In 2009, 4 cases of malaria (3 cases of Р.falciparum and one case of Р.vivax) were imported to Estonia from Africa and South America. One case had a lethal outcome. Three patients had not taken malaria prophylaxis before their travels and one patient had started but not completed the chemoprophylaxis course. In 2006-2007, 11 cases of malaria were imported to Estonia from Africa and India. Nine patients did not take malaria chemoprophylaxis.

One half of the shigellosis cases registered in 2009 were imported. Of 19 viral hepatitis A cases registered in Estonia in 2009, 17 cases were imported (8 from Egypt, 4 from India, 2 from Latvia, 2 from Thailand and 1 from Turkmenistan).

In 2010, the number of travel-associated cases of infectious diseases decreased considerably with only 135 imported cases registered. Over 60% of the cases were intestinal infections (salmonellosis, shigellosis, campylobacteriosis as well as intestinal infections of unknown etiology). In 2010, 5 of the 6 registered cases of viral hepatitis A were imported (3 from Egypt, 1 from Gambia and 1 from Latvia). One third of all shigellosis cases registered during 2010 were imported.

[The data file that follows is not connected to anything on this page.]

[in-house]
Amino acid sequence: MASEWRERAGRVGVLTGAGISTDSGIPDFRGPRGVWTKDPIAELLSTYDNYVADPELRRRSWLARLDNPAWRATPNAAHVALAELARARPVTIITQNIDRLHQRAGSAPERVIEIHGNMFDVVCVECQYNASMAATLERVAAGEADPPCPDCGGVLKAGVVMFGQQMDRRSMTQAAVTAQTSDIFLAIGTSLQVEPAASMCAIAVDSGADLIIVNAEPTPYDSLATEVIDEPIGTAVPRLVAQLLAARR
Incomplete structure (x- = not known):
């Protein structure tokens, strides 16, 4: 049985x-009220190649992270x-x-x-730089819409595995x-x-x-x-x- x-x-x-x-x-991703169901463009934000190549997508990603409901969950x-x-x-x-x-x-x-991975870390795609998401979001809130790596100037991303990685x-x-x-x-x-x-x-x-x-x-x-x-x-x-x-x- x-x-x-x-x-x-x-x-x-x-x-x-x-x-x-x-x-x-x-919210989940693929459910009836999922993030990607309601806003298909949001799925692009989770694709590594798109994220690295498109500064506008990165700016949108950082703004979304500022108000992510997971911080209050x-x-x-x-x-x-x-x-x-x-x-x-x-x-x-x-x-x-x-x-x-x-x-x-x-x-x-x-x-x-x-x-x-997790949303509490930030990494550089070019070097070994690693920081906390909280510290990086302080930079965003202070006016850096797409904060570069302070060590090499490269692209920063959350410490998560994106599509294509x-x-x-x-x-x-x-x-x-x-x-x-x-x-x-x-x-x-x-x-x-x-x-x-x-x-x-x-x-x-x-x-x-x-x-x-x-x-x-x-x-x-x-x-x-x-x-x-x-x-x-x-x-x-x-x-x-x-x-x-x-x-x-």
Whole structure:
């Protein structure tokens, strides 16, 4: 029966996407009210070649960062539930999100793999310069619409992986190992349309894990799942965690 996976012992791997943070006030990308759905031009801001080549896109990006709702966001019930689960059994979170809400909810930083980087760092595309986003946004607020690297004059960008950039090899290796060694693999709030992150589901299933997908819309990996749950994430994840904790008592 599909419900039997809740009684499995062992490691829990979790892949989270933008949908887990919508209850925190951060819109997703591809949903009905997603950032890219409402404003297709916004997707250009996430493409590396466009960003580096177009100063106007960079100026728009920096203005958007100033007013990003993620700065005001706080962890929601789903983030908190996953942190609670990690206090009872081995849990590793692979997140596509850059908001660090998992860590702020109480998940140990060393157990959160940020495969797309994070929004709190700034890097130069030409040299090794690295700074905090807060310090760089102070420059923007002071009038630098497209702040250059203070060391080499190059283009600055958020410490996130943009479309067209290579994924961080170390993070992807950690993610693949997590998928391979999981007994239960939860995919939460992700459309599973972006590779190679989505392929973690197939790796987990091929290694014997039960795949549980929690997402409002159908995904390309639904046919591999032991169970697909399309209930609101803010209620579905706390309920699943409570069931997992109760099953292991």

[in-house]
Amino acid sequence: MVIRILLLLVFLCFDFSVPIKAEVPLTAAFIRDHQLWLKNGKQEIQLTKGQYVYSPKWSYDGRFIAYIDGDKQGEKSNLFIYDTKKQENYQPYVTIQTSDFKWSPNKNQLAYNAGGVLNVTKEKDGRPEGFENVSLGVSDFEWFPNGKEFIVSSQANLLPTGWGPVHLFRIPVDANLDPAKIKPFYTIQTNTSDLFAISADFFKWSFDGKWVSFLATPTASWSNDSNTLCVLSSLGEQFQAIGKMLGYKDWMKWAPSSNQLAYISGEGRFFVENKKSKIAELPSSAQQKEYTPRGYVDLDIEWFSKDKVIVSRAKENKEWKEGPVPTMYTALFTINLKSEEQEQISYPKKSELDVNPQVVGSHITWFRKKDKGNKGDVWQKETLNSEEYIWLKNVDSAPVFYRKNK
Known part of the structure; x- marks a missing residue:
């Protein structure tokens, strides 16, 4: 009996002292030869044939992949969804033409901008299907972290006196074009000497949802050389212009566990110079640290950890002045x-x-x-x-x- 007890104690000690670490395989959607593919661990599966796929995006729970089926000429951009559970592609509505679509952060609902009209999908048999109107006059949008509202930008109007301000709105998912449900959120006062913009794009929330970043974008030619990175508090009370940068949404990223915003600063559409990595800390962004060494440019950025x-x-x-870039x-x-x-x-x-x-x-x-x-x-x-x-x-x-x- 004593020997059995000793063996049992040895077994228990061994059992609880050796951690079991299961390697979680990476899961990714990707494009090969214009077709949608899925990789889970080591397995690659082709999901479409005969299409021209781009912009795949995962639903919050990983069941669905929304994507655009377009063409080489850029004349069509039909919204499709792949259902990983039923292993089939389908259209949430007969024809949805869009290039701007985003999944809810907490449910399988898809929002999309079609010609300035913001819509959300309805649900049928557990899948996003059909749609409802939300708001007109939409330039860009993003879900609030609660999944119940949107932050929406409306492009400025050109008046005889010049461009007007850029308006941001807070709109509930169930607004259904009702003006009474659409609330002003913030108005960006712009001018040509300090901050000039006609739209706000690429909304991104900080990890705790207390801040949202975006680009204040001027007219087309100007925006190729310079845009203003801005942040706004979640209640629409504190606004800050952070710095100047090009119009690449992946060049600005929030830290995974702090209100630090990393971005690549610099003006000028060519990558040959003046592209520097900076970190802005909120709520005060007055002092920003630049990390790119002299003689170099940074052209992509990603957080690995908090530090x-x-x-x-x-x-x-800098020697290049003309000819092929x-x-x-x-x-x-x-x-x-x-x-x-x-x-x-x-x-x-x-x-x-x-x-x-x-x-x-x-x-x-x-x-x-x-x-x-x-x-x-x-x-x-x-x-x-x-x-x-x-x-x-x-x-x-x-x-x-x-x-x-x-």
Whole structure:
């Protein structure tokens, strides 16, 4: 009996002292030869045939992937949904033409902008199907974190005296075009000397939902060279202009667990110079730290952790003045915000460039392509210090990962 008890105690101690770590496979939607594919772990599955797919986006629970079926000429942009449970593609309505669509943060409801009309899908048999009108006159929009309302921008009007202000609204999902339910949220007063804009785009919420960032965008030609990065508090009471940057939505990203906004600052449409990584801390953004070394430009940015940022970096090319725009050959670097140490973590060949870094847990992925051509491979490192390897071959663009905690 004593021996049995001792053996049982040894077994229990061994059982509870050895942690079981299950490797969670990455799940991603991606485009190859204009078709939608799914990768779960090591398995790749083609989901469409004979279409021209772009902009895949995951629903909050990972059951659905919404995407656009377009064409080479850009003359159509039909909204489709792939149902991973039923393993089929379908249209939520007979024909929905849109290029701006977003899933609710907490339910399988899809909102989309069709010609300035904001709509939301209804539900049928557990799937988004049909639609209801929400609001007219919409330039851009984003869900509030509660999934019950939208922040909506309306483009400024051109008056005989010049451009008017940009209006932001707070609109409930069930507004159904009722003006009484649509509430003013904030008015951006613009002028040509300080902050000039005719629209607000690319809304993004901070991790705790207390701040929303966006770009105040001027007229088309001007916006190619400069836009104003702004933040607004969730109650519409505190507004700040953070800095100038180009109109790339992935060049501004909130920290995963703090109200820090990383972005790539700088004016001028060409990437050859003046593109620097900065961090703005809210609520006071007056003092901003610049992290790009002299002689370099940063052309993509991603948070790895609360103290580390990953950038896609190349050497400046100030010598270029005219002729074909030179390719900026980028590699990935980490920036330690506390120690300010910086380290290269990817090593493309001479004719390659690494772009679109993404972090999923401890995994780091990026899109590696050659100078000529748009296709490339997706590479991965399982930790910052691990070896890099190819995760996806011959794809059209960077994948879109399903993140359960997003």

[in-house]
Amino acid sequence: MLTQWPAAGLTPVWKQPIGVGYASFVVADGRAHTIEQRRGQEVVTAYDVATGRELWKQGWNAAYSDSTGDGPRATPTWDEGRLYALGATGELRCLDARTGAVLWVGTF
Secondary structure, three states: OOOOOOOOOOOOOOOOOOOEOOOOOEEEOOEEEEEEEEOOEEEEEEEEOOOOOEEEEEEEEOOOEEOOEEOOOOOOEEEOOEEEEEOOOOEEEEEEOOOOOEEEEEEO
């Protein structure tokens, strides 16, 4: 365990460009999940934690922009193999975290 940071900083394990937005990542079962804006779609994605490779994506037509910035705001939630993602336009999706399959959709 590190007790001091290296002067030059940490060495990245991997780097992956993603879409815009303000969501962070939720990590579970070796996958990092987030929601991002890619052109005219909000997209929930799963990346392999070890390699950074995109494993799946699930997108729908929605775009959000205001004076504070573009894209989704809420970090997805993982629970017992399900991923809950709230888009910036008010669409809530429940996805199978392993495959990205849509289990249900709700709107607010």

In 2010, 1721 cases of Lyme borreliosis (Lyme disease) were diagnosed in Estonia, including 7 cases imported from Finland, Lithuania, Latvia, Russia and Germany. One case of malaria (Р.vivax) was imported from South Africa.

In 2010, most of infectious cases (27) were imported from Egypt, including one case of infectious mononucleosis, 3 cases of viral hepatitis A, one case of viral hepatitis C, 5 cases of salmonellosis, 7 cases of shigellosis, 3 cases of campylobacteriosis, one case of yersiniosis and 5 cases of intestinal infections of unknown etiology.